Addiction is a cunning disease that can often make the person experience symptoms of mental illness due to the effects that substances have on the brain. It’s not uncommon for addicts to seek medical or psychiatric help for problems with anxiety, depression or mood swings without fully disclosing how much they’ve been drinking or using. This leads to doctors and psychologists prescribing medications that may only amplify the addict’s symptoms because they’ve been misdiagnosed. This can leave the addict scared and confused because their symptoms aren’t going away even though they’re taking anti-depressants, anti-anxiety or mood stabilizer medications.
There are cases though where an addict does have a legitimate mental illness, but it unfortunately cannot be treated until he has undergone medical detoxification and begun a life in sobriety. Mental illness is not only a large risk factor for becoming an addict, but it can also be one of the biggest relapse triggers when it’s not treated while the person’s in recovery. The good news is that whether the addict had a mental illness before or after their addiction progressed, there is hope for recovery from addiction and ways to treat mental illness without the risk of becoming addicted to the medications.
Mental Illness and Addiction
Mental illness happens when a person has some sort of chemical imbalance in their brain that causes them different symptoms depending on what their disorder is. These imbalances can cause them to be extremely anxious and become stressed, they can cause the person to be depressed and have a pessimistic outlook on life or cause them to have erratic mood swings. While these are some of the most common symptoms of mental illness, there are many more.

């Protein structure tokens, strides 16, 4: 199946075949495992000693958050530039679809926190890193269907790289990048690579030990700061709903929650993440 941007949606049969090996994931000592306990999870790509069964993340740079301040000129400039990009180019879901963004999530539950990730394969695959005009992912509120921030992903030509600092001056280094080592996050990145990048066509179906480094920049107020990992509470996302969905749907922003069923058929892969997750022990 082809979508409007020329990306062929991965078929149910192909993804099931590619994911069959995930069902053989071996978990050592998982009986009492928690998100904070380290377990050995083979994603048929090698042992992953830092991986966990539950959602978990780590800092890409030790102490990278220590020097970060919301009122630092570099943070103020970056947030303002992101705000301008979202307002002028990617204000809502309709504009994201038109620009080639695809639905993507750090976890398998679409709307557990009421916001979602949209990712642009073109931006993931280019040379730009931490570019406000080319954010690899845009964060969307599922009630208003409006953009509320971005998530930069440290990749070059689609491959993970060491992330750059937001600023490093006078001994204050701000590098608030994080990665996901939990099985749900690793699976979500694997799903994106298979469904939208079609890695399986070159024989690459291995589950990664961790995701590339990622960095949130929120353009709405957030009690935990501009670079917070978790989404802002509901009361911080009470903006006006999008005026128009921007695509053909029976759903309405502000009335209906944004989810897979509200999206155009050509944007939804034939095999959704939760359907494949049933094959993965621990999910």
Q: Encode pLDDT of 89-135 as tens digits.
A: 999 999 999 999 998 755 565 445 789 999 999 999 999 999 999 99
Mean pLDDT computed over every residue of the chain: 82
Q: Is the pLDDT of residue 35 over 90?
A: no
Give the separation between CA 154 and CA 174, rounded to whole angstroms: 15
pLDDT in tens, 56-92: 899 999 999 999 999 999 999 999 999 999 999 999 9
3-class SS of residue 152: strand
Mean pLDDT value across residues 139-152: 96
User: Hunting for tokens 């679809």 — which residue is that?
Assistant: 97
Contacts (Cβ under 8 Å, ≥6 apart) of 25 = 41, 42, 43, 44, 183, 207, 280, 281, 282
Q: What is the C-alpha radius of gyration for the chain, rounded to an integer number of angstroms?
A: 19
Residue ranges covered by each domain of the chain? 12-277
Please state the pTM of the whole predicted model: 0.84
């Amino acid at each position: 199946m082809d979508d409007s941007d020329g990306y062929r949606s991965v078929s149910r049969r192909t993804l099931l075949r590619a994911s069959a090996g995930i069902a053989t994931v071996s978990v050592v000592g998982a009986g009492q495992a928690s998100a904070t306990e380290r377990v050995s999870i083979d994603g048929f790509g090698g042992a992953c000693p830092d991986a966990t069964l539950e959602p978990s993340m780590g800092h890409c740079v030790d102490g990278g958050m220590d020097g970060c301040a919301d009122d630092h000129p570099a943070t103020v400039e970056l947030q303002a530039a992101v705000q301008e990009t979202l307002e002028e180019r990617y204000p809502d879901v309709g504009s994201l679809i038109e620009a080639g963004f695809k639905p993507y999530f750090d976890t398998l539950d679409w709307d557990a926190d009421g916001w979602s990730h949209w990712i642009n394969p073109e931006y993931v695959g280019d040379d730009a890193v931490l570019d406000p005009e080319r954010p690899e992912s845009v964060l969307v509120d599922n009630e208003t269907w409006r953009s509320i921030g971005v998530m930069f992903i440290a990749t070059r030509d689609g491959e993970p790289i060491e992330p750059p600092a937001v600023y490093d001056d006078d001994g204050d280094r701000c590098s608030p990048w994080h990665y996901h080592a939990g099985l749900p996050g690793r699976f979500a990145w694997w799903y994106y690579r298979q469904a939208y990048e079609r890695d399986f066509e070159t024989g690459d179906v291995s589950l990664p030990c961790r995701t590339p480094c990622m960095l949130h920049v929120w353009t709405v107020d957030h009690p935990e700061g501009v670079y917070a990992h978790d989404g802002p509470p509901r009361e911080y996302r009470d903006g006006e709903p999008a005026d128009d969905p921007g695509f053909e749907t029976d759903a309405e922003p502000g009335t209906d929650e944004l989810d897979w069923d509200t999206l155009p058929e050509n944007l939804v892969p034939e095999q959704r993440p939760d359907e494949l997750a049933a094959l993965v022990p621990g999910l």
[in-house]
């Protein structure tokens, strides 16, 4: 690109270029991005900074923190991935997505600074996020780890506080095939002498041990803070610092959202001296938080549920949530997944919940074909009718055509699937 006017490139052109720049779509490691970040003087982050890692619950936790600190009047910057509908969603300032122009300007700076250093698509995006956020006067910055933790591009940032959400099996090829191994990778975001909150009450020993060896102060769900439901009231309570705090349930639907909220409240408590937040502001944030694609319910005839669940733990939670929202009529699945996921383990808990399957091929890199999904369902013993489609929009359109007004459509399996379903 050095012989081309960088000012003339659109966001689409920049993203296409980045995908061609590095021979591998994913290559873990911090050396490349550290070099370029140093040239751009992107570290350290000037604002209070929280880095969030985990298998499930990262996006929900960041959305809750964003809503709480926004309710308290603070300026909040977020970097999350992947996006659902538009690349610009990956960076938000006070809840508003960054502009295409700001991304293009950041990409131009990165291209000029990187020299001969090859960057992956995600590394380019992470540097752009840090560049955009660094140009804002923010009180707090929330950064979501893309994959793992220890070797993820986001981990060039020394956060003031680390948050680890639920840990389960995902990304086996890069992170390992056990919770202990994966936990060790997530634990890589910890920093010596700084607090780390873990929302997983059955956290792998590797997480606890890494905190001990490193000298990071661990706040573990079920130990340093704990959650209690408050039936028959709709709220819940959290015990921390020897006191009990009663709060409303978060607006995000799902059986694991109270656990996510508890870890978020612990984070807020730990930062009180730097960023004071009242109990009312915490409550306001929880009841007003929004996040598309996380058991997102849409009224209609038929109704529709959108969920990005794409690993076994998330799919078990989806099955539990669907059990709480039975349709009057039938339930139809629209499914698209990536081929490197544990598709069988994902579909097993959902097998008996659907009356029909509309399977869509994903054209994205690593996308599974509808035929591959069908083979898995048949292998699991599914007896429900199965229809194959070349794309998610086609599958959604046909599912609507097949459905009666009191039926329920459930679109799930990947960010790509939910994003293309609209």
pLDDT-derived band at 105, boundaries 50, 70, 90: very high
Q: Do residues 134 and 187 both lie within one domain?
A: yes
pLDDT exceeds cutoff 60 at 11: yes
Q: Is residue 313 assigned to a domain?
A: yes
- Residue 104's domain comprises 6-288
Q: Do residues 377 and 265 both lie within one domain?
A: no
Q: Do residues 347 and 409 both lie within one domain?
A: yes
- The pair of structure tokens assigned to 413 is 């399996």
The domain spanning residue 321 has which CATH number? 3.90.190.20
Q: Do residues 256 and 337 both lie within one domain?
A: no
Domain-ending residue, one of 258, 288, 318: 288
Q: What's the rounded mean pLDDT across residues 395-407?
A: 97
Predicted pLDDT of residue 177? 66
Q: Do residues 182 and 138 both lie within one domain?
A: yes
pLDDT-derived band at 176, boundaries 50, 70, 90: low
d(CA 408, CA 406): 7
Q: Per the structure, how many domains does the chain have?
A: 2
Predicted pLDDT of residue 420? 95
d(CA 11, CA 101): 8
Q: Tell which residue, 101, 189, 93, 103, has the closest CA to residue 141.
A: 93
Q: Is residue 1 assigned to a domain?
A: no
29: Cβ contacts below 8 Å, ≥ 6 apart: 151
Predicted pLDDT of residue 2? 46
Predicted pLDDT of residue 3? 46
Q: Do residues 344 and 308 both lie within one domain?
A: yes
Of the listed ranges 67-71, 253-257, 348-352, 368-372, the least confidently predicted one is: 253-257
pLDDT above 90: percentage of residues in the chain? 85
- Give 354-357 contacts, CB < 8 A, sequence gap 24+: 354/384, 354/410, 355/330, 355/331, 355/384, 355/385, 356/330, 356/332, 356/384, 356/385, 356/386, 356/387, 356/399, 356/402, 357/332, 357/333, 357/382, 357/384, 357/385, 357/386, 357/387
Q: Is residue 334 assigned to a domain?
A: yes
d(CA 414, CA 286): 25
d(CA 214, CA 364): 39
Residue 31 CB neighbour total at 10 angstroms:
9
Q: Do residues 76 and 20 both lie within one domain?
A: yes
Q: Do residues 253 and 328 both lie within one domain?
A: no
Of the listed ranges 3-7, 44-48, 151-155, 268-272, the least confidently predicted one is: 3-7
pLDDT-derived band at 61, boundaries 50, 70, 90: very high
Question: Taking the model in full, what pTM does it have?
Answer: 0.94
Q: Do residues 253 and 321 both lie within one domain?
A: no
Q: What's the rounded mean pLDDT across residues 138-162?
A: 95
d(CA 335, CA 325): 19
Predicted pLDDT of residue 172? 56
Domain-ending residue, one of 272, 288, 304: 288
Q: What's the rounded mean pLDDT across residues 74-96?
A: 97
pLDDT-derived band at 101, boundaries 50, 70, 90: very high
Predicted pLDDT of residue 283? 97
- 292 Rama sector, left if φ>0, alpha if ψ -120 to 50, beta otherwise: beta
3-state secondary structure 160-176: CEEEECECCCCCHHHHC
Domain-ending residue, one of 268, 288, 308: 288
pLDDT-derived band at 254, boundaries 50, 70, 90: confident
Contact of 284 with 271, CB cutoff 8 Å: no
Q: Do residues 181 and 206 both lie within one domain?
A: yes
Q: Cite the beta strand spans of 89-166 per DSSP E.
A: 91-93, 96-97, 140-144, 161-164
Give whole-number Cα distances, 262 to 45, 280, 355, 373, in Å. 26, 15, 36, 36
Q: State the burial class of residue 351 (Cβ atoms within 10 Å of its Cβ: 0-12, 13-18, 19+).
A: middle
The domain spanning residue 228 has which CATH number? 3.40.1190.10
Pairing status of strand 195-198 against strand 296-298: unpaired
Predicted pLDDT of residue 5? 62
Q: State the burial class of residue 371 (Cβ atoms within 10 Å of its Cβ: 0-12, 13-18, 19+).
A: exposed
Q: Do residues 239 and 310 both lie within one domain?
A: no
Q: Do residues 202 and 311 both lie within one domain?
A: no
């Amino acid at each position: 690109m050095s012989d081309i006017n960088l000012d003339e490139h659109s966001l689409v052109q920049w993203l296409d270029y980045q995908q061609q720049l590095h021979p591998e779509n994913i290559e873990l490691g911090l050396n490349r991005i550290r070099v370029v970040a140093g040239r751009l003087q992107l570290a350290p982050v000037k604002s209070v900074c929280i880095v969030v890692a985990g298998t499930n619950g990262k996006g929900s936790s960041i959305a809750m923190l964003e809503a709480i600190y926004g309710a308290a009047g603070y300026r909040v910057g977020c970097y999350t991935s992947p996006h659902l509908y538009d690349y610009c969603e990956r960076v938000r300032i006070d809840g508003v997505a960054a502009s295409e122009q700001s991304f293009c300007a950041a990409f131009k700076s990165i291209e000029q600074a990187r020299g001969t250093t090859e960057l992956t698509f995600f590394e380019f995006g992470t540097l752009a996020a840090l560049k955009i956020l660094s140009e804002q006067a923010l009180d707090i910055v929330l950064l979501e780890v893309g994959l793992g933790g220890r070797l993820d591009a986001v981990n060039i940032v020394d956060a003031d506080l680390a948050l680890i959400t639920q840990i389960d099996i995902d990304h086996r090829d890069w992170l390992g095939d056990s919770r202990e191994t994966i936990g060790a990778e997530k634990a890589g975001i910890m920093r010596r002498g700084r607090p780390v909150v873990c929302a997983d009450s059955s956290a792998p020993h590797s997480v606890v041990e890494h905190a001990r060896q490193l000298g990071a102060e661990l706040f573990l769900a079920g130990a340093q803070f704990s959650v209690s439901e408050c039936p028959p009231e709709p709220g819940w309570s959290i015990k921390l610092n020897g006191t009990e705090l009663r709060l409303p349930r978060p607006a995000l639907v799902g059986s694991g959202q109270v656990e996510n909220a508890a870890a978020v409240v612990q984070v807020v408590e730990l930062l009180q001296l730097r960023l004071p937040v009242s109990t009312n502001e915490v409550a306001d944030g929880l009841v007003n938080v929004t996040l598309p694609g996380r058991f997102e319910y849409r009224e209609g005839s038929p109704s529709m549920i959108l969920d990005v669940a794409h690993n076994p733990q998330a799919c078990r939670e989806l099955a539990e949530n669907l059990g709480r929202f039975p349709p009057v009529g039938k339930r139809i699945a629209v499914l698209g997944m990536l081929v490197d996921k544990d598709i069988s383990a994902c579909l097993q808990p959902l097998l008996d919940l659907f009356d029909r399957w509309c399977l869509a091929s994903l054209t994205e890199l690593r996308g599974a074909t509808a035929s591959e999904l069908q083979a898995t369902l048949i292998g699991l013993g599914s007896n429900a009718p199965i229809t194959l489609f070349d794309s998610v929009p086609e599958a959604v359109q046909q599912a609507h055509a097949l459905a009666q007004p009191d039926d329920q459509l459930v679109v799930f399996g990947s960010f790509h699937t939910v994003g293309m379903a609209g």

Most common mental illnesses and disorders:
ADHD (Attention Deficit Hyperactive Disorder)
PTSD (Post-Traumatic Stress Disorder)
When a person begins experiencing these symptoms of mental illness, they can begin to feel scared and alone. They tend to look at the rest of the world and wonder how everyone else is able to deal with life so easily while they’re having all of these problems. Sometimes when these people don’t seek some sort of help, they will turn to drugs or alcohol as a way to self-medicate. These mind-altering substances can make them feel normal, and it will become their only solution to their problems. The problem is that eventually, this solution becomes their primary problem.
Medical Detoxification and Treatment
It’s important for an addict that’s trying to recover to first go through medical detoxification. This will clear their mind and body of the substances they’ve been taking, and sometimes the person will even lose the mental illness symptoms they had once they have gone through medical detoxification for. In treatment, they will go through individual therapy where an addiction specialist will be able to find out if they do have a mental illness that must be treated as well. Although the tools each patient receives in rehabilitation treatment are very useful, sometimes these chemical imbalances must still be medicated.
There are sometimes mixed opinions about whether or not recovering addicts should undergo medical detoxification where they would have to take medications, but non-narcotic mental illness medications can sometimes be the only thing standing between a recovering addict and relapse. There are a variety of non-narcotic medications that treat different mental illnesses so that an addict can live a better life in recovery without the risk of becoming addicted to these medications.
If you’d like more information about treating a dual diagnosis, call our hotline today at 800-447-9081.